Federal Forest Tinderboxes

By Emord, Jonathan W. | USA TODAY, January 2014 | Go to article overview

Federal Forest Tinderboxes


Emord, Jonathan W., USA TODAY


OVER SEVERAL MONTHS IN 2013, intense wildfires raged in 11 western states, fueled by dense forests and underbrush. The blazes in Colorado and in California were the largest on record. The ferocious wildfire in Arizona took the lives of 19 firefighters. The ones in California's Sierra Nevada and in Yosemite National Park were unprecedented, with some walls of flame running through river canyons at heights over 200 feet. Nearly 3,700 firefighters battled these blazes. Why so many, and why so intense? The answer lies in Federal destruction of private ranches and ranching, and in Federal mismanagement of wilderness lands.

Destruction stemming from the Sierra Nevada fire is feared to present a risk of contamination to the Hetch Hetchy reservoir, endangering the water supply for the 2,600,000 residents of San Francisco Bay. Hydroelectric power and other utilities are threatened as well.

Over the last two decades, the frequency, intensity, and severity of wildfires in Western states have increased, resulting in far more devastation and death to humans and animals than ever before. In 1991, fighting fires accounted for 13% of the Forest Service budget. It now accounts for 40%. The number of Forest Service staff dedicated to firefighting has risen by 110% since 1998. Last year the Forest Service overspent its firefighting budget by $440,000,000.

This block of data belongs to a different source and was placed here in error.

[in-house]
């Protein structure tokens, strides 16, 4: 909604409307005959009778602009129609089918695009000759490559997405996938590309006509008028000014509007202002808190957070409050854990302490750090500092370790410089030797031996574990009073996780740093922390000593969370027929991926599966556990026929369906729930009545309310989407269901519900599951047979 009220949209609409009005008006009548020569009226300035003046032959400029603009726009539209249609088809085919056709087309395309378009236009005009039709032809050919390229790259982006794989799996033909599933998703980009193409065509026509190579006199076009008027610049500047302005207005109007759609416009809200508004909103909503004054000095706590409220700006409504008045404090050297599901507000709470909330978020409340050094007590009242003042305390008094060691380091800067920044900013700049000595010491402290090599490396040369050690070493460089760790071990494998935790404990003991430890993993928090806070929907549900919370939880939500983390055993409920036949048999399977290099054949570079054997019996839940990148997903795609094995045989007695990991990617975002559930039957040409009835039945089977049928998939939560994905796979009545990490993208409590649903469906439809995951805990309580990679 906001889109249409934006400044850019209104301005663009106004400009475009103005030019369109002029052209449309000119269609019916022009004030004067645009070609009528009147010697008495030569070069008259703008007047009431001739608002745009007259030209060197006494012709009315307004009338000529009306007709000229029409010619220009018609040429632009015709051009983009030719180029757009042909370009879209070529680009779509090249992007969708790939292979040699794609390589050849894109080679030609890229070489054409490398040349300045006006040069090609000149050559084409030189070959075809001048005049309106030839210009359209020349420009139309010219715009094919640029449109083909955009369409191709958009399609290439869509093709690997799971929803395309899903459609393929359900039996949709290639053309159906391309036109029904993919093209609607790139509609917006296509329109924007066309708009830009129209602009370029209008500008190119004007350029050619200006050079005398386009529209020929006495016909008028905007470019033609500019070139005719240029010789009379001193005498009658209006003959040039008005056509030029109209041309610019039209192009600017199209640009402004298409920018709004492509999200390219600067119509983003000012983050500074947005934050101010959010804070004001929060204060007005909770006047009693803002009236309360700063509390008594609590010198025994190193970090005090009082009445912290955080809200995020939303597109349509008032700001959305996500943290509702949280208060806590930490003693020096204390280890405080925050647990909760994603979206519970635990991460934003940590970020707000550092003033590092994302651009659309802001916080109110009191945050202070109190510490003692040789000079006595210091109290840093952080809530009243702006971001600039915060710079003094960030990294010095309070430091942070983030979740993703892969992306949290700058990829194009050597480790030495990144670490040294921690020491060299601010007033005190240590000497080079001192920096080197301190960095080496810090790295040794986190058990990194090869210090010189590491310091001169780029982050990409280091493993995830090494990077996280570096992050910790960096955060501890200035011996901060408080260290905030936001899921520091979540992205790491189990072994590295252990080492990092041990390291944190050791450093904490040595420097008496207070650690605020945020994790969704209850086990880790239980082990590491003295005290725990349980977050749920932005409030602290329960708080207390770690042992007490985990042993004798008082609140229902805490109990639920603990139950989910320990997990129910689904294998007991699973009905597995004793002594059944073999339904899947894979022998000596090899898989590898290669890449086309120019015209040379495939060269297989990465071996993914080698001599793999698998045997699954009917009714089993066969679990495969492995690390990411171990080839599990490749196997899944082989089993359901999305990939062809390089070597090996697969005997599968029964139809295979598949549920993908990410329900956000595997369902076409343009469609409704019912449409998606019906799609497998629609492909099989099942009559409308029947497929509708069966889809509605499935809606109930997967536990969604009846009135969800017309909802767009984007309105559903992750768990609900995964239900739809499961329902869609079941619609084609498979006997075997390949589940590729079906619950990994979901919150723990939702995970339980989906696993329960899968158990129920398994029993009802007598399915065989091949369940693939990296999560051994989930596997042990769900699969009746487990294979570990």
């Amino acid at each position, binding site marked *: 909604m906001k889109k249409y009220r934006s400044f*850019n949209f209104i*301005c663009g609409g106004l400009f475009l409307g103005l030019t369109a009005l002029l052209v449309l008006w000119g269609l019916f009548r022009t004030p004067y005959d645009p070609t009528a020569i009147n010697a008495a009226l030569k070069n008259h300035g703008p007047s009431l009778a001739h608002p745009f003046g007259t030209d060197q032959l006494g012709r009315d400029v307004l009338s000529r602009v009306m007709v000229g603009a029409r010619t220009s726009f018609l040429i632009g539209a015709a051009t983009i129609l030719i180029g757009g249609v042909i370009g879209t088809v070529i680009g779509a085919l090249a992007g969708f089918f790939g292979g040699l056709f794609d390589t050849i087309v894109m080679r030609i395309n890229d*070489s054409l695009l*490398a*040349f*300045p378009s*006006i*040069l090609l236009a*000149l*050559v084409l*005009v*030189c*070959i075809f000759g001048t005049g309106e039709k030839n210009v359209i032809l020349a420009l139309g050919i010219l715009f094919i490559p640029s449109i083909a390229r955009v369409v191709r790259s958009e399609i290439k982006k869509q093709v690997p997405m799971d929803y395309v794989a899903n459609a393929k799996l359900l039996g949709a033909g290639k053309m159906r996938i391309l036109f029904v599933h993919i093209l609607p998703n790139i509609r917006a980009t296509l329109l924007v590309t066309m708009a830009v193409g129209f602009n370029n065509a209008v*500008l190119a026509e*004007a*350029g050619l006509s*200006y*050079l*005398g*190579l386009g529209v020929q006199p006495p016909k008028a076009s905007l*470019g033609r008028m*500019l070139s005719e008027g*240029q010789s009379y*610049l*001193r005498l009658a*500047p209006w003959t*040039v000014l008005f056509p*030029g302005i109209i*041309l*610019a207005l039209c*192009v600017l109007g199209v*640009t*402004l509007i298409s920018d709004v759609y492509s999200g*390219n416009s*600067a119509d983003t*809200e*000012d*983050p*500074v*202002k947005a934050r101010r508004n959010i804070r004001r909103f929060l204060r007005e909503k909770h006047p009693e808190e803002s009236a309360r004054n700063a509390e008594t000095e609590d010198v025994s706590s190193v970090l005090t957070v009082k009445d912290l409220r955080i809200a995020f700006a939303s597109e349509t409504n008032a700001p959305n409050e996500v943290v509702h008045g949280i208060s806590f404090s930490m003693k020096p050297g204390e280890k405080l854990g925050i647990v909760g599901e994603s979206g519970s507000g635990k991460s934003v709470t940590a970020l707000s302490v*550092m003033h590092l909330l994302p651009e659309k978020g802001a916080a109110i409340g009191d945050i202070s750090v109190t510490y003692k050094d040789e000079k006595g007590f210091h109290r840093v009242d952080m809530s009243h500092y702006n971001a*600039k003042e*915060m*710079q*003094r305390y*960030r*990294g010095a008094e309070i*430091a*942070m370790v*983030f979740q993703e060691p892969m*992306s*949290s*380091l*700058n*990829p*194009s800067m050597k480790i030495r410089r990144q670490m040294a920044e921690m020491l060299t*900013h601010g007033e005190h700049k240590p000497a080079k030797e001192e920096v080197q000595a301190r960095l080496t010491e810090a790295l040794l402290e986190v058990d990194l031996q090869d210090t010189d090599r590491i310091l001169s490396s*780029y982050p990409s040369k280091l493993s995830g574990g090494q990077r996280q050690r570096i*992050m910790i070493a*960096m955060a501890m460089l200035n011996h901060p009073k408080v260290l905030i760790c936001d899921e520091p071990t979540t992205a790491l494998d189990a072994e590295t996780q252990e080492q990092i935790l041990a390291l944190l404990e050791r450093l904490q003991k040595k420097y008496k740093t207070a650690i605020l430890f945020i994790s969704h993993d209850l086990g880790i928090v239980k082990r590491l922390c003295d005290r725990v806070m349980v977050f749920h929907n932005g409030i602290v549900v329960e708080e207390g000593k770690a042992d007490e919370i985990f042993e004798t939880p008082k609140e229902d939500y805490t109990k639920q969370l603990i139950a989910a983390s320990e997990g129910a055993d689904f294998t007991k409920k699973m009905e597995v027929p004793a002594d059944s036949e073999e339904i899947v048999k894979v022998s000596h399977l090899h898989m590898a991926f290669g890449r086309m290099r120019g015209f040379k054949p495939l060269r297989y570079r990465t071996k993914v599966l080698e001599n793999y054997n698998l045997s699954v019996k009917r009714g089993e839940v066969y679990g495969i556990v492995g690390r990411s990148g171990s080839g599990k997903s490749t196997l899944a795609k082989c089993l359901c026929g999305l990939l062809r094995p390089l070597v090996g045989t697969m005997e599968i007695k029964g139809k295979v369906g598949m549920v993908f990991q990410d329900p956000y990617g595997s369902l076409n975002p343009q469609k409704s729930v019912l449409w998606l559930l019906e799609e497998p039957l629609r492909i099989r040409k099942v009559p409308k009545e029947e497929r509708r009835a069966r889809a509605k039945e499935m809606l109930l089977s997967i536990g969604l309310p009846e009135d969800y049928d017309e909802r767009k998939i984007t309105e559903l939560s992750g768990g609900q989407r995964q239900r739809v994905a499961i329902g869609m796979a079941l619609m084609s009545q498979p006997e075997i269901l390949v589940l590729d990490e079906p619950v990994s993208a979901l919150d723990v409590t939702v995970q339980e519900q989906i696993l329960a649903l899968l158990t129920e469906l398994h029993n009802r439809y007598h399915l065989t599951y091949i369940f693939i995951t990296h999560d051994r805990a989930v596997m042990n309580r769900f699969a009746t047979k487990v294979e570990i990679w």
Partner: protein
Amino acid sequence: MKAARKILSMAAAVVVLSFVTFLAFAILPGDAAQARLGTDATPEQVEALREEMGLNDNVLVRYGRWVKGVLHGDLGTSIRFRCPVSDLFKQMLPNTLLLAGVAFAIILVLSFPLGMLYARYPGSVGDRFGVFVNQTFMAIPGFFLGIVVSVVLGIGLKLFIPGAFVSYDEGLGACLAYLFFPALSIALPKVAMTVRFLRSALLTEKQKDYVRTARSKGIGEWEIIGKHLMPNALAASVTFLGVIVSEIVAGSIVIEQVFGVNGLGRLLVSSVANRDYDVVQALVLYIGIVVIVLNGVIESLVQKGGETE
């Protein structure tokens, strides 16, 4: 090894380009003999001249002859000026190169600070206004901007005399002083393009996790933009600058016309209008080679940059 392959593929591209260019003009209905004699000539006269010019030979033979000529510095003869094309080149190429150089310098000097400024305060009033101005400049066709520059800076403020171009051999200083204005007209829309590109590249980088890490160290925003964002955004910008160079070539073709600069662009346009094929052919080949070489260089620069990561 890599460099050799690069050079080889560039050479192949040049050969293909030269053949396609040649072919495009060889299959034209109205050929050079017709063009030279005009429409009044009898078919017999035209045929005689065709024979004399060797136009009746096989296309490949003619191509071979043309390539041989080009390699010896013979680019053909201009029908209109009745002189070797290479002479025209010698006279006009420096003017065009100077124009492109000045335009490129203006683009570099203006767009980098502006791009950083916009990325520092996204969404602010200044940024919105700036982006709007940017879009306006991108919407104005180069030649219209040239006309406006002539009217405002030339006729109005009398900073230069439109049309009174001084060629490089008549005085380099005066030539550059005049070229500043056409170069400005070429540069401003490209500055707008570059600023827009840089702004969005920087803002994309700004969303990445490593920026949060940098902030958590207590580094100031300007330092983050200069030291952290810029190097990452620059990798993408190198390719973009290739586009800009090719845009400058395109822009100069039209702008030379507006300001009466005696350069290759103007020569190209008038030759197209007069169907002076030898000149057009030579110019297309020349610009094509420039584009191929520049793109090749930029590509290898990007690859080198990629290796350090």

Wildfires have become commonplace precisely as Federal government efforts to rid the West if private ranching and logging operations have succeeded. The overzealous Bureau of Land Management and National Park Service have driven private companies and ranchers out of the West over the last four decades in satisfaction of environmentalist demands. Logging operations, cattle and sheep, and rancher e elimination of underbrush severely have been reduced. Federal fire suppression efforts have increased year after year, creating dense forests that invite massive wildfires.

Since passage of the Wilderness Act in 1964, environmental litigation combined with Federal policies favorable to environmental interests have forced the end of most logging operations, driving ranchers out of existence all across the West. The ranchers that remain spend considerable amounts of time responding to aggressive government demands, which include fines for trespass, ever increasing fees, and prohibitions on use of lands and water rights. The cattle and sheep that once roamed through the Federal lands and cleared the fire-prone underbrush have been forced out, allowing the vegetation to grow virtually without limit.

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